Giving perceived value

Different industries have very different customer mind-sets, but there will often be similarities in how they perceive value. Here are some of the more sophisticated psychological ways you can appeal to a customer’s nose for a deal when setting your pricing strategy. Chances are they will all feel familiar.

  • Psychological savings – it’s long been a strategy to knock off a tiny amount to increase the perceived value of a product, whether it’s a pen for £1.99 or a car for £29,950
  • Optional extras – why not provide optional items or features that customers can add on as they go? This allows for a low starting price, another psychological saving
  • Price differentials – you can help stimulate sales by creating a hierarchy within your offering and charging differing amounts for different levels, like a budget intro option, a mid-level option and a premium option. This could be a different product or the same product with different levels of service
  • Bundle – packaging products to get a saving is similar to optional extras and volume pricing, in that they all rely on lower costs to you. But it plays a different role in the mind-set of the customer. A bundle is perfect if it seems to take the stress and thought out of a purchase decision
Changing your costs

Sometimes it becomes necessary to adapt your prices as you go. This is no bad thing as long as you do it the right way and for the right reasons.

Reviewing your prices is good practice, you want to check what the industry is doing and possibly renegotiate with suppliers. Benchmarking your prices to competitors is a good way of looking at the effectiveness of your business as a whole. If your margins are low even with a similar or higher price than your competitors, your costs are too high.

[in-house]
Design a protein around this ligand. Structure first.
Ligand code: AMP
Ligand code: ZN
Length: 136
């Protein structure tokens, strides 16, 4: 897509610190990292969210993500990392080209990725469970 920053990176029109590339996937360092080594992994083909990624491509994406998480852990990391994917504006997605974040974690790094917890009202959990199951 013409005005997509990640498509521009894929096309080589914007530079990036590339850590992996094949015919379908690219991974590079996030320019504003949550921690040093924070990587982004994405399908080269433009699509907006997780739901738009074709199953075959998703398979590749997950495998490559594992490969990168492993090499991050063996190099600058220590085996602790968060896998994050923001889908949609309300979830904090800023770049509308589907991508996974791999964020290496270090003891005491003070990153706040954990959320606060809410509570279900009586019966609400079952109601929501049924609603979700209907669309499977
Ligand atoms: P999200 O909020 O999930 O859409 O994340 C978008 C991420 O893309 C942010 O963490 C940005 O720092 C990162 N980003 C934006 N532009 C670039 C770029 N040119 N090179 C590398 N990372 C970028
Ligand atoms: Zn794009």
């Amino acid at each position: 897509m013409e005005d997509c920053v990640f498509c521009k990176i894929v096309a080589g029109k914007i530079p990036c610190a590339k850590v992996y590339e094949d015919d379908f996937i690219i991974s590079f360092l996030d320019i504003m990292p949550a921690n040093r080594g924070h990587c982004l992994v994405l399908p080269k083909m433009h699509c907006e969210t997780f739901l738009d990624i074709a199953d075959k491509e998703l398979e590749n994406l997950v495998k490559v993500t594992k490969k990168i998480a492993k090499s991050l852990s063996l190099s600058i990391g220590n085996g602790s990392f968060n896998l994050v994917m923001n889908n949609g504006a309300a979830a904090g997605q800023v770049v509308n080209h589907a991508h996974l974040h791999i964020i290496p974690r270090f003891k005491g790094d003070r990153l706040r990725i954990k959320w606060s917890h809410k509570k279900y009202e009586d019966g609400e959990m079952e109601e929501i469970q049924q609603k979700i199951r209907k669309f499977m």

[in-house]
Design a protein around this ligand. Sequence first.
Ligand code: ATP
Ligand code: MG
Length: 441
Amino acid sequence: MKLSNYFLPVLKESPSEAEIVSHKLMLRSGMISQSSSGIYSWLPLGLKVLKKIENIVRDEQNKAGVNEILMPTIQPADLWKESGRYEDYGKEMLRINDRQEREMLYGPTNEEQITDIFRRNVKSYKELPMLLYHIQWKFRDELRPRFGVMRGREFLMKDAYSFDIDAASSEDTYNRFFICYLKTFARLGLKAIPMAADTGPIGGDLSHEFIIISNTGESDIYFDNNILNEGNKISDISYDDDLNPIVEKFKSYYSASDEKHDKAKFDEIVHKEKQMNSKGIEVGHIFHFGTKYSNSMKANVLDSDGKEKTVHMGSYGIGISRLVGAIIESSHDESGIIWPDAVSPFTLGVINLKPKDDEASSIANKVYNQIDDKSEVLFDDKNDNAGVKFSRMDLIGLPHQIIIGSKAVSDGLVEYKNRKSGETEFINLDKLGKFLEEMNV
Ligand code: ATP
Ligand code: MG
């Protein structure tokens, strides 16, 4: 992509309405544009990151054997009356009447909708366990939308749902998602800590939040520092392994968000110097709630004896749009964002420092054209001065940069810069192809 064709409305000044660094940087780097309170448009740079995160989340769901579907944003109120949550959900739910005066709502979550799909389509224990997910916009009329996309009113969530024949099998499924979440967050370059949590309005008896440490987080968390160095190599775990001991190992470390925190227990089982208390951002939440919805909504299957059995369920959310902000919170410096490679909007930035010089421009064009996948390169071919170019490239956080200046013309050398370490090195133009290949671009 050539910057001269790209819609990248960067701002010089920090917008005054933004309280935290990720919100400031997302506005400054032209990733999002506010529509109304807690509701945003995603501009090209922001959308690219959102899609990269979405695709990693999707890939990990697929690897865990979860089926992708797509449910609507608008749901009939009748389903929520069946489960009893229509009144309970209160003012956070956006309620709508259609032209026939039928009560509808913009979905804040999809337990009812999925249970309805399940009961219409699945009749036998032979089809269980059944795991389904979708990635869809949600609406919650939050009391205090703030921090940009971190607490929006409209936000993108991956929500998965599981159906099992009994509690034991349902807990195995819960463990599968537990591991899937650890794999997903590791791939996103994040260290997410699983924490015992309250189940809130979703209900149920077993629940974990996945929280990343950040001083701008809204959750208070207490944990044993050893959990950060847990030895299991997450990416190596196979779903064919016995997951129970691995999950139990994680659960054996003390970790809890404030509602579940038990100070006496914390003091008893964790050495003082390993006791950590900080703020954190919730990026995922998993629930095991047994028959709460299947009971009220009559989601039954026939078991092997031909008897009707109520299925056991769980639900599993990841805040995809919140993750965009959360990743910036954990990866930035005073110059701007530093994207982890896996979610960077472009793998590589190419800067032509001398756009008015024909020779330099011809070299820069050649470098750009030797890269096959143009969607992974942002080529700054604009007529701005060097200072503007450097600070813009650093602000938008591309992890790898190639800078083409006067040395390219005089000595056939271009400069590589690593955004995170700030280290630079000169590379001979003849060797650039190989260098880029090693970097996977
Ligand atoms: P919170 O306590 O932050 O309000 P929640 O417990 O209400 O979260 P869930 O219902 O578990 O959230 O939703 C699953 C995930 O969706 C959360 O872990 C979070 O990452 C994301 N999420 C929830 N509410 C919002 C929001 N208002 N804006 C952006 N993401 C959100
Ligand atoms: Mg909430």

Discounting

Discounting is another common short-term price change, and though it’s extremely common, many business advisers will warn against it. The reason is, most discounting is done aggressively by well established businesses that can take the hit, or pass the hit on to an already squeezed supplier. Price wars can hurt, but they are a good way get rid of old stock and bump up sales.

Raising prices

Don’t be afraid to raise prices either. Your target market might not be as price sensitive as you think while good customers will appreciate your service and understand. Explain up front and make it clear that it’s their choice to keep buying from you.

A typical scenario is for inflation to creep into a small business’s margins quietly over time and erode profits. So, at the very least, make sure you raise prices with inflation.

Remember: it’s about the strategy

Changing your prices may make you uncomfortable, but it’s far better than trading at the wrong price. A good product or service deserves to be rewarded so don’t feel embarrassed about aiming high. It is business after all, and the customer will tell you when you’re getting it wrong. So remember to be flexible, the strategy is more important than any individual price.


This guide is intended as general advice only, and not intended to cover specific circumstances and needs. The information in this article is also not linked to any of the products offered by Clydesdale Bank PLC.